By Melanie D.G. Kaplan
Special to The Washington Post
Wednesday, January 9, 2008
I angled the scalpel and scraped the last bits of paint off my rainbow trout's glass eye, took a step back and gasped.
"It looks so real," I said. The shiny eye made all the difference. Gary Bruch, my taxidermy sensei for the weekend in Duncannon, Pa., nodded in agreement. He was surprised that a taxidermy novice had done so well. Then again, Bruch had surprised me, too.
I had walked into his studio the day before, thinking how much I abhor blood and guts. But one of the first things he told me was how he dislikes killing things, and one of my last thoughts of the weekend was that this man -- with a koi tattooed on his forearm and fish in his freezer -- is above all an artist.
I'd been angling in Arkansas with a friend who'd recently brought home a mounted Canada goose, and he talked about his taxidermist as casually as we city folk talk about our Pilates instructors. After I snagged a foot-long, 1 1/2 -pound rainbow trout in the White River, I decided that I, too, would display my trophy.
Except my bright idea came long after that fish was filleted, buttered and cooked over the campfire.
Bruch, whom I was paying $150 for a private taxidermy class, said having eaten my fish was hardly a problem. A few weeks before I arrived, he picked out a similar-size rainbow at a hatchery, made a mold of it and cast a paint-ready fiberglass replica. I had only a weekend to spare (which also spared me any potential gore of working with a real fish), but Bruch attracts clients from as far as South Africa who spend a week or two making fish -- either a replica or skin mounts, for which they carve foam for the inside and use real skin on the outside.
I settled into the studio, where fish in various stages of creation hang from the ceiling. There were boxes of plastic fins and glass eyes, drill bits, paintbrushes and a cardboard box with "skin texture" written on the outside, filled with crumpled bridal veil and cheesecloth. Our first day was Airbrushing 101. I'd never used an airbrush before, and working my fingers to hit that sweet spot of air and paint reminded me of learning how to drive stick shift, only harder.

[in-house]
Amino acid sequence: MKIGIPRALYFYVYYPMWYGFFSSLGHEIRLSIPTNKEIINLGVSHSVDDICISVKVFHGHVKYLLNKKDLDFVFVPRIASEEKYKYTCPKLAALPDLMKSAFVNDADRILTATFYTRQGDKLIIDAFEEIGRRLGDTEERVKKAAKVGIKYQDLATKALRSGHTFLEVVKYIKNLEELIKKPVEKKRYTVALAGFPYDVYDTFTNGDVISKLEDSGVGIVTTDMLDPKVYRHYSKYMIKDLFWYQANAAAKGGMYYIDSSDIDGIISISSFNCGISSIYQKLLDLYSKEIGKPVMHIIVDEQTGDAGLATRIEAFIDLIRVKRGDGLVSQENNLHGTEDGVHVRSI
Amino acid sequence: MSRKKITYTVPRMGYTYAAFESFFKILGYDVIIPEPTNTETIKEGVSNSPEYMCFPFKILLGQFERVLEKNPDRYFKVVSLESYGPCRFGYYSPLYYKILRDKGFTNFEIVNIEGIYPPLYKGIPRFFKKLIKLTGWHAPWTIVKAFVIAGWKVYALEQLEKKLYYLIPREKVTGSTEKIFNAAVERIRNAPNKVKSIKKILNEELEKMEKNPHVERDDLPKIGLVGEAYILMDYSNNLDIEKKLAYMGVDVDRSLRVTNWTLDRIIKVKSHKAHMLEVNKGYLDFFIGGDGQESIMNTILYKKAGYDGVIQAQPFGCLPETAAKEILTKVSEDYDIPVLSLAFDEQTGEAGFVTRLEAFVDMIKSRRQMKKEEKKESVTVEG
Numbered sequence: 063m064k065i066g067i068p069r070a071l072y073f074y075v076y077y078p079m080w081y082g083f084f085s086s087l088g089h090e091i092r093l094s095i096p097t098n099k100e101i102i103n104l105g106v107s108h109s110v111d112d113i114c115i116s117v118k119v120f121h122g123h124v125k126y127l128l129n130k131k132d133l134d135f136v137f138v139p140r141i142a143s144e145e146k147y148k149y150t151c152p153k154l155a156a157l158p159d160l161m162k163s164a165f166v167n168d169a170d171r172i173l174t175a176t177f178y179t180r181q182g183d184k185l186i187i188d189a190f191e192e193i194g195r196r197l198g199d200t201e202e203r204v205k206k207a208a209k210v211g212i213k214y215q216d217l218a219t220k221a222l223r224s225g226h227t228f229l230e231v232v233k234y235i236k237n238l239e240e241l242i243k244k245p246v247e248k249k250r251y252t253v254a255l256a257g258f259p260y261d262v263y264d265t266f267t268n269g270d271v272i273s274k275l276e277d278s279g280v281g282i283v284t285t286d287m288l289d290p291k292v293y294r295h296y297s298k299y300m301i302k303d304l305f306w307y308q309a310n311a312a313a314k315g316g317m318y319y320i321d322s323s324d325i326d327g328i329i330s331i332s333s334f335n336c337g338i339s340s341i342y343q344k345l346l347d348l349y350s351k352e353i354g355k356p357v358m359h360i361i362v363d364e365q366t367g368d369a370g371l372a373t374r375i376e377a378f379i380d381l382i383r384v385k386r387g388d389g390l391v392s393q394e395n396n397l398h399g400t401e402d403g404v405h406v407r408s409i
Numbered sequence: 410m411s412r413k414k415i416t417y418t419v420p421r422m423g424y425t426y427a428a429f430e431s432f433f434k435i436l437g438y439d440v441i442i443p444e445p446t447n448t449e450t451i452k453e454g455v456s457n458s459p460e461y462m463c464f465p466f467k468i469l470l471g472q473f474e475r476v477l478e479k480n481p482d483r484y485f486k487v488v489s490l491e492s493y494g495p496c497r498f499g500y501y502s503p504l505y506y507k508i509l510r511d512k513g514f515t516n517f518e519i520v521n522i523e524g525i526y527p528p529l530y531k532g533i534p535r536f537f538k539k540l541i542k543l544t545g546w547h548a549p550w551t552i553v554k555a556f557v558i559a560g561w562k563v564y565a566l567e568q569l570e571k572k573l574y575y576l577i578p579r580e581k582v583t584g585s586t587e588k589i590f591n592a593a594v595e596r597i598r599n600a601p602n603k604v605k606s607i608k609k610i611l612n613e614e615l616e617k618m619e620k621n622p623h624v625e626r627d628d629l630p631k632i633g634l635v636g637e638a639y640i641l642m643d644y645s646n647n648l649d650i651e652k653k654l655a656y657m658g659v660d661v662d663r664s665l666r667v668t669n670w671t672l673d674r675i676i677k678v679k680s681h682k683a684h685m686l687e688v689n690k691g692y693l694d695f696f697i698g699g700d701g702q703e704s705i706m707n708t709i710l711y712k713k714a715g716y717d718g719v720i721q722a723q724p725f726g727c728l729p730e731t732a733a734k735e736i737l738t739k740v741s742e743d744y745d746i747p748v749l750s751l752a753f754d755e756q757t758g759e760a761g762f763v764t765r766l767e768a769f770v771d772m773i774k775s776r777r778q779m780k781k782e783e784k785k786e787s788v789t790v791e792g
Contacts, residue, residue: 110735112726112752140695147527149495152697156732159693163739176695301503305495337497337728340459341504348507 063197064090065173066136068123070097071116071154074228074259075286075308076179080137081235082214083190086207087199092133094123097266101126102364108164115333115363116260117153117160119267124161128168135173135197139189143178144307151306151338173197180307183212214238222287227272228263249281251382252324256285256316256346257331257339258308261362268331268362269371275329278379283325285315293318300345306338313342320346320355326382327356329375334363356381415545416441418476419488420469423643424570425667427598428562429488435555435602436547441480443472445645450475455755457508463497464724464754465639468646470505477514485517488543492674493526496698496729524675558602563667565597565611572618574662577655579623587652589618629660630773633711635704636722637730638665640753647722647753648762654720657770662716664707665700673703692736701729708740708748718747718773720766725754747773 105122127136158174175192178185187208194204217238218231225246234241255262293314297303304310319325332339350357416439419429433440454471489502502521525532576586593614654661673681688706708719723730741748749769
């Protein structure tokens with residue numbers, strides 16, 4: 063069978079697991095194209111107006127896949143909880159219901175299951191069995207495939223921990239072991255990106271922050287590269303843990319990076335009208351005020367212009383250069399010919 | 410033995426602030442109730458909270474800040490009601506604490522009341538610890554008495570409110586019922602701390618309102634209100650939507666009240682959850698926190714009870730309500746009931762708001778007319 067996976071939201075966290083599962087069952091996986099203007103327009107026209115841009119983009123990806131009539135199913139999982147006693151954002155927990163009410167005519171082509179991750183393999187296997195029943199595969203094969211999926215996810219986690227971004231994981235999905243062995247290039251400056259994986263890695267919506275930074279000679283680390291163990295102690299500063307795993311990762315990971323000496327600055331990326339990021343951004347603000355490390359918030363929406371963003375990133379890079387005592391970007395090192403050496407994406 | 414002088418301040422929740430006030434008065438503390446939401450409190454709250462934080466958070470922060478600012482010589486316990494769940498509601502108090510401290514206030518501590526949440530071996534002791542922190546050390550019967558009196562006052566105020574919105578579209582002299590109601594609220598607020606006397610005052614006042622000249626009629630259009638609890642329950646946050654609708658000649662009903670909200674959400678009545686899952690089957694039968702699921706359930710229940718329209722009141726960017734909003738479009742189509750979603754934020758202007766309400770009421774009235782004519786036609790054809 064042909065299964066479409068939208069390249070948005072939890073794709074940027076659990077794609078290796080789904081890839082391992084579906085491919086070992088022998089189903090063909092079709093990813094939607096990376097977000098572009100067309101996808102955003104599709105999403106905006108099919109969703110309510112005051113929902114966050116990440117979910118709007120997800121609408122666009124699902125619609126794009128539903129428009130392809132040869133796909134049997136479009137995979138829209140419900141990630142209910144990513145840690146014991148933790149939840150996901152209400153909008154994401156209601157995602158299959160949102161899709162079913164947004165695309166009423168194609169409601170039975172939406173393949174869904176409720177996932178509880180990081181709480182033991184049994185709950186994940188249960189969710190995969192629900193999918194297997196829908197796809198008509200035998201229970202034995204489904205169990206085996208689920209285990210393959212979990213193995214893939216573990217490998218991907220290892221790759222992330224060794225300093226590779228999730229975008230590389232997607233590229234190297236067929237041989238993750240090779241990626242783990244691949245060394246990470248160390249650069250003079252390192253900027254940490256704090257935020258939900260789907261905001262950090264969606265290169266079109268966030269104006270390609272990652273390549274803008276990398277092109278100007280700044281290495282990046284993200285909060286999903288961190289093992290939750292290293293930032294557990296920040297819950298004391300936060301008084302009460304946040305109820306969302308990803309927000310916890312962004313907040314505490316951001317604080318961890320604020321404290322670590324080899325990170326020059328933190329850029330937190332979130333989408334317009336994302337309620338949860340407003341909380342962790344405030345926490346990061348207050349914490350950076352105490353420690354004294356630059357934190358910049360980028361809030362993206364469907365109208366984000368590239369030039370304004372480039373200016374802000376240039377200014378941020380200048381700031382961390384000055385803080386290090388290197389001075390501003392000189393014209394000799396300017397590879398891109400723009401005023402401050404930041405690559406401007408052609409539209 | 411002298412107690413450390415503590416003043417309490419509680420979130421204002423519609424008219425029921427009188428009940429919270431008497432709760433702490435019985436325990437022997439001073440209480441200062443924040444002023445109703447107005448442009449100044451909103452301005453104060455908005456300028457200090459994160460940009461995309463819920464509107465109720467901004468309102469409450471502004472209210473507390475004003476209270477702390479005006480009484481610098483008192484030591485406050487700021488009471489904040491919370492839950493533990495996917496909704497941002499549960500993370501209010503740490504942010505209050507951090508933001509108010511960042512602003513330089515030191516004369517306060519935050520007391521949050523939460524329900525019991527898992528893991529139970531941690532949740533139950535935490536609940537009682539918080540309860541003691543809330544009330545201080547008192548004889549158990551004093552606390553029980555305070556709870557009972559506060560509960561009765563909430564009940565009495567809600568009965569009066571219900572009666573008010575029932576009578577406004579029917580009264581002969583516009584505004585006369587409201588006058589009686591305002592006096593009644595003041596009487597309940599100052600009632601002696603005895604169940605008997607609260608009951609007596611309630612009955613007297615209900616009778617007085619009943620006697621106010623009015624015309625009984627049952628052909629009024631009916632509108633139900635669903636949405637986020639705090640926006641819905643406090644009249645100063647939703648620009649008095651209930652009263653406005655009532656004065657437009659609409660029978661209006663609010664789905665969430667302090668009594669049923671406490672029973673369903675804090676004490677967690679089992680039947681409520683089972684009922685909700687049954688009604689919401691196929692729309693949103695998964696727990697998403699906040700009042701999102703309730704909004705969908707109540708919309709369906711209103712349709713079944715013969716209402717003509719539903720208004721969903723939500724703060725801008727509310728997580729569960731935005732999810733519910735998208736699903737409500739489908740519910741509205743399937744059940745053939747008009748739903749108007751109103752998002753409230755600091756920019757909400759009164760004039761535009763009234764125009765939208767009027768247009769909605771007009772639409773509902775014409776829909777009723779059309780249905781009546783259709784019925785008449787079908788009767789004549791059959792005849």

After lunch, I took a break and explored the area. Duncannon, 20 minutes north of Harrisburg, is a quiet river town in Perry County, known for its covered bridges and lack of traffic lights. People don't visit Duncannon for the food or the lodging; they go for the stunning outdoors and to hunt or fish. I drove to the neighboring town of Newport and into Little Buffalo State Park, where environmental educator Jeff Woleslagle drove me past the functional 1837 gristmill and talked about the 900-acre park's excellent hunting and fishing.
"We're stocked with pheasants twice a year," he said, "and the lake's stocked with rainbows. Ice fishing is real popular here." This time of year, look for panfish and trout.
Back in Duncannon, I checked out the Doyle Hotel, which I'd heard was a hippie hiker hangout. (Duncannon sits roughly halfway along the Appalachian Trail.) I didn't meet any hikers, but Vickey Kelly, one of the owners, assured me I'd know if they walked in the door of the century-old building. "They'll look exhausted and be looking for a hot shower," she said. "We get about 1,200 of them a year, from all over the world."
My motel was the Stardust, which Bruch had recommended. No hikers there, either, but unlike the Doyle, its rooms have private baths, which was worth the extra $25.
On Day 2, I arrived at Bruch's by 8 a.m. He's not a morning person, but once the coffee kicked in, he became so chatty that I knew his life story before we filled the airbrush with its first round of paint. A former chef and Marilyn Manson fan, Bruch now listens to Penn State football and has Bible verses handwritten on his walls.
"I used to make ice sculptures, and now I sculpt fish," he said, "and make half as much." In between careers, he failed the game warden test, then ended up at taxidermy school in 1993. He started his business the following year and won a national taxidermy title in 2001.
Although Bruch enjoys teaching, he is quick to tell students that he's not the teacher. "The fish is the teacher," he said. "Everything you need to know is on the fish." Dozens of times, we pulled up the photo I'd proudly taken of my rainbow on his laptop, studying the red stripe or the pectoral fin color or the spot pattern. "I don't care if your first fish ends up looking like a deer," Bruch said. "I want you to understand color layering and tones."
I donned latex gloves and got to work airbrushing, layering yellow, gold, green, gloss, silver, gold. Every hour, the hands on his clock pointed to a different fish and chimed variations of the sound of a lure skipping across the water. And with each gluk-gluk and splish-splash, my fish looked more and more like its picture.
When it came time to add the rainbow's spots, Bruch picked up a Sharpie. "Many taxidermists use this," he said. "But that's not accurate." Instead, I spent more than an hour tediously airbrushing hundreds of spots on my fish. Then, at last, I started scraping paint off the sparkling eye.
The sun had set, and the clock was about to herald 6 p.m. with a rainbow trout gurgle. We sprayed a final coat of gloss over the fish and its rock mount, and I took my artwork out to the car.
I shifted into first -- the rainbow eyeballing me from the passenger seat -- and proudly drove my trophy home.
• Bruch's Fish Taxidermy is at 635 Dellville Rd., Duncannon, Pa. Ship your frozen fish to Bruch or make a replica. Private classes are $15 an hour, including instruction and materials. Ready-to-paint replicas are $10 per inch. Info: 717-756-8689, http://www.bruchsfish.com.